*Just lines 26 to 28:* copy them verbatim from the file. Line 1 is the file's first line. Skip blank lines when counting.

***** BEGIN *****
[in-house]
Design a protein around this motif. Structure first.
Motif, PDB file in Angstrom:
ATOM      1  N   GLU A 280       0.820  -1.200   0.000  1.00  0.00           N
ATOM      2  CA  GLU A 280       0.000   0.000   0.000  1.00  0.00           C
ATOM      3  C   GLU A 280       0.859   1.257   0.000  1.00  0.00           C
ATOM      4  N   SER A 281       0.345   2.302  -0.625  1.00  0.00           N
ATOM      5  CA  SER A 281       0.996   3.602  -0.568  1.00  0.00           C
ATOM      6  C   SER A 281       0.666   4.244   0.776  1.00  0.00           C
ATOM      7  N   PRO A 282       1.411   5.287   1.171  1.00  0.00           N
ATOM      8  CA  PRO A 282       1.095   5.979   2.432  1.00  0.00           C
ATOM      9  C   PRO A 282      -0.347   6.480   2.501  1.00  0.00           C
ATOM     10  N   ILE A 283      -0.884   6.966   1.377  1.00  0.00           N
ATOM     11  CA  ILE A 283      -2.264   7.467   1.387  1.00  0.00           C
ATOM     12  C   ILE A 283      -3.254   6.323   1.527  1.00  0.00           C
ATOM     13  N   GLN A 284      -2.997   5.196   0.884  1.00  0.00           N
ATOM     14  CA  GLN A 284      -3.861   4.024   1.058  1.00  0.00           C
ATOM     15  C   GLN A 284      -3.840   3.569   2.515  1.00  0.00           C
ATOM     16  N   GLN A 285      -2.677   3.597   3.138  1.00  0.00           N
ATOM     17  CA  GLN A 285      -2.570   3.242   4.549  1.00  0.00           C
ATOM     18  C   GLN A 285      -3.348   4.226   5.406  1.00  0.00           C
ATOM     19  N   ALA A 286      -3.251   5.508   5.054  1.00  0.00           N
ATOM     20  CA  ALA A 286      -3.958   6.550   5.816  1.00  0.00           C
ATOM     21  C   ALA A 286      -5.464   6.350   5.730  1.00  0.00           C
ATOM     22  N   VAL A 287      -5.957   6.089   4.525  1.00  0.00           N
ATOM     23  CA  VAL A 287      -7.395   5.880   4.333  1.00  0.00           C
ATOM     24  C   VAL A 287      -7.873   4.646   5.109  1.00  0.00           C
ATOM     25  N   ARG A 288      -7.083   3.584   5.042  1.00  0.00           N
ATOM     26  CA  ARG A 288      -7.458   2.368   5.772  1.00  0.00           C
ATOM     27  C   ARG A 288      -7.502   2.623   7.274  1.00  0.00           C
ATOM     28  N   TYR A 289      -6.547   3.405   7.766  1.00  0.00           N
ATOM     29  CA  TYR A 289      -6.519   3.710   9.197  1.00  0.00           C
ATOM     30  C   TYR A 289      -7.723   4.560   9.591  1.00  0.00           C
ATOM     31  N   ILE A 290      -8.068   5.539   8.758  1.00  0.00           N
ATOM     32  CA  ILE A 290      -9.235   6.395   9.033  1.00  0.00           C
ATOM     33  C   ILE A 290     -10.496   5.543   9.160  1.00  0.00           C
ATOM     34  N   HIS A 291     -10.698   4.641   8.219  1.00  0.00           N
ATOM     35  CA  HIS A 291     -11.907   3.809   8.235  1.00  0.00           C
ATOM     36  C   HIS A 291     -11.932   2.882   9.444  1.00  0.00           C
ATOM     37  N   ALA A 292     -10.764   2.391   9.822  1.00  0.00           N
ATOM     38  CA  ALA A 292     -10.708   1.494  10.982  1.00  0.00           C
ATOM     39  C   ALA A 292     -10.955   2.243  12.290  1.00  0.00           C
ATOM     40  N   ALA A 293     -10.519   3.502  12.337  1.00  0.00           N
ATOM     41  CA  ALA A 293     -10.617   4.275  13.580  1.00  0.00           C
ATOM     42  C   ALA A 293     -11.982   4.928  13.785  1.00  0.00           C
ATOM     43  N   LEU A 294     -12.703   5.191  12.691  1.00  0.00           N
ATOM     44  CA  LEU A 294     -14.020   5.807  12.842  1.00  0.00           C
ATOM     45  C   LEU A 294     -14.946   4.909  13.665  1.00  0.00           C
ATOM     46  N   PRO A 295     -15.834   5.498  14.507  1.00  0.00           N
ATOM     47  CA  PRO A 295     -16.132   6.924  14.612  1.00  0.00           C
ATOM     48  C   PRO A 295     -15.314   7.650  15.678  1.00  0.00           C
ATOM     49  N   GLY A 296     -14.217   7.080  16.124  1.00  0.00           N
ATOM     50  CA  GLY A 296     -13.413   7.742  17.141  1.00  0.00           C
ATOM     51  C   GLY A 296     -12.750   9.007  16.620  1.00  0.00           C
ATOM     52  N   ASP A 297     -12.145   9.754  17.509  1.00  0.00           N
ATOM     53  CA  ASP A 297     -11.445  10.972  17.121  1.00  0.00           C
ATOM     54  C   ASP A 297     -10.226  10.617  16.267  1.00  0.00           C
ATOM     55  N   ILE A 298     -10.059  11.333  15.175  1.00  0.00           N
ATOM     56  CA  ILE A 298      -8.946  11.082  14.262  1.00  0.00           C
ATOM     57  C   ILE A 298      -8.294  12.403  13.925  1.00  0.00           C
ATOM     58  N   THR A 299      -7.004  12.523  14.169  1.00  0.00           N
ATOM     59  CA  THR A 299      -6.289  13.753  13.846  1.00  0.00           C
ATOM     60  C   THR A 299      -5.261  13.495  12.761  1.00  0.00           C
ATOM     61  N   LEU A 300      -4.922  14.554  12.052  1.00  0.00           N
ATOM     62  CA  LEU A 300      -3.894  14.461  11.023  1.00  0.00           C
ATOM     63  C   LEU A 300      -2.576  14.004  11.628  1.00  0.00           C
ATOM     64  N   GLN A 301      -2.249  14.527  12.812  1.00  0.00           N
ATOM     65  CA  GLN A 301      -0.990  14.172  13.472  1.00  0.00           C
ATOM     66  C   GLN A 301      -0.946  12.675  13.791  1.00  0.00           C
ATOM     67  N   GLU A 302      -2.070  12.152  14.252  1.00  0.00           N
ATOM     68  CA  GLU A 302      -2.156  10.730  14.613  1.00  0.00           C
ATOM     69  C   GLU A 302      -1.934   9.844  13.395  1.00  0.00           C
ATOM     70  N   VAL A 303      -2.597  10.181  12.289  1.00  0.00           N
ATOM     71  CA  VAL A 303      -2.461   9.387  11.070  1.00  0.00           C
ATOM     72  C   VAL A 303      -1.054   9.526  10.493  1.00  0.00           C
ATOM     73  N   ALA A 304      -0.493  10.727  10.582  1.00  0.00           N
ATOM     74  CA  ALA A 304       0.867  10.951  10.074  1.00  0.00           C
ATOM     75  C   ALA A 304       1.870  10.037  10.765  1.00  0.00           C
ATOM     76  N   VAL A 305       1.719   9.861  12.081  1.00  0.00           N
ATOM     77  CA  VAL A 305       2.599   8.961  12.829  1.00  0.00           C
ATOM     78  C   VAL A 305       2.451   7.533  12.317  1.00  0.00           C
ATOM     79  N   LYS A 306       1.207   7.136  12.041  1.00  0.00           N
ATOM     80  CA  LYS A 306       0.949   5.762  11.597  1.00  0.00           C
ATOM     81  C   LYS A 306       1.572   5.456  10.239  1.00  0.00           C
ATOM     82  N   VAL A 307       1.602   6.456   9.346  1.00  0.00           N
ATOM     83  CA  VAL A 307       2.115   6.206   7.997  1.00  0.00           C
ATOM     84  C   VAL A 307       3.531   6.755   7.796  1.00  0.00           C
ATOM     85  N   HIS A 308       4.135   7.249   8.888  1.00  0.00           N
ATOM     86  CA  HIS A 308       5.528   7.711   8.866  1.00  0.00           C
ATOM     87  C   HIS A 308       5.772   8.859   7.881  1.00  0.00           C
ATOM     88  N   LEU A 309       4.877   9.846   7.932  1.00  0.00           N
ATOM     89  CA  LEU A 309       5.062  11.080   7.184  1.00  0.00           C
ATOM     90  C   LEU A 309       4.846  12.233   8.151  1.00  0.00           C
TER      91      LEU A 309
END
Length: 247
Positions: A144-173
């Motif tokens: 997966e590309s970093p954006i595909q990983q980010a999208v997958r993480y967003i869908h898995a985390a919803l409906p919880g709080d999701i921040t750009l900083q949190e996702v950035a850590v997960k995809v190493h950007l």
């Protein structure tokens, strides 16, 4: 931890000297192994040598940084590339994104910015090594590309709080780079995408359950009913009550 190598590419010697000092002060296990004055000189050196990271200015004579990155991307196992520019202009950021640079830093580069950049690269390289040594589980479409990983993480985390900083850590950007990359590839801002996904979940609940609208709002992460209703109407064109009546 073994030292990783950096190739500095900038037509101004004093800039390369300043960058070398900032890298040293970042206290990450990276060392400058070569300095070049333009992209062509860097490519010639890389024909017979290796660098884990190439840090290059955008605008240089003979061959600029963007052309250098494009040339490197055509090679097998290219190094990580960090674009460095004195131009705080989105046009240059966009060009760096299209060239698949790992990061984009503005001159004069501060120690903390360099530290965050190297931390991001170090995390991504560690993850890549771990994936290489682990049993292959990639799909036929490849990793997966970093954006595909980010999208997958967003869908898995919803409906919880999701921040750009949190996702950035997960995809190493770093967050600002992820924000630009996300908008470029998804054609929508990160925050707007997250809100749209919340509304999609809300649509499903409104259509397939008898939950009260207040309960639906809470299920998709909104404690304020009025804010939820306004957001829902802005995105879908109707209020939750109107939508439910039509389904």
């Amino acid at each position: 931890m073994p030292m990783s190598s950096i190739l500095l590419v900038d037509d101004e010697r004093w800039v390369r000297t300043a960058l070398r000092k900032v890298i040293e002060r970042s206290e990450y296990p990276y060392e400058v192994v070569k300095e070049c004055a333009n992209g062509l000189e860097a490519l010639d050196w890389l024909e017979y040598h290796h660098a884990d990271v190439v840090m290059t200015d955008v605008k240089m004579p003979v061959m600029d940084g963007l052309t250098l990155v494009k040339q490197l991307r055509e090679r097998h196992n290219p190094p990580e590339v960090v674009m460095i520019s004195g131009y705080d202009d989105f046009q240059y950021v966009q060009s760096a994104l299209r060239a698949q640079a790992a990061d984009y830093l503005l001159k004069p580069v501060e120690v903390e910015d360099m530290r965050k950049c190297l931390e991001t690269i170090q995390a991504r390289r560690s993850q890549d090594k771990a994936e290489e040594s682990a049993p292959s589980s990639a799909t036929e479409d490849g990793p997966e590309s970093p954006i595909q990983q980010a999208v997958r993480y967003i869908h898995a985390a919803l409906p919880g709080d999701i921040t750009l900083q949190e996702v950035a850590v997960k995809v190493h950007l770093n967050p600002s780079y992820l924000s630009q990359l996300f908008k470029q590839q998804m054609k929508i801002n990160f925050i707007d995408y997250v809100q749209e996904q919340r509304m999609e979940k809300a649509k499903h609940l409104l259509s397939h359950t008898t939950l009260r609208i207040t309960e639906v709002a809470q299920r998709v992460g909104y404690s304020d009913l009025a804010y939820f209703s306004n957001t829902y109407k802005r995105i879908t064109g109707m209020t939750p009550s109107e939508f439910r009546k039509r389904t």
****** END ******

ATOM     23  CA  VAL A 287      -7.395   5.880   4.333  1.00  0.00           C
ATOM     24  C   VAL A 287      -7.873   4.646   5.109  1.00  0.00           C
ATOM     25  N   ARG A 288      -7.083   3.584   5.042  1.00  0.00           N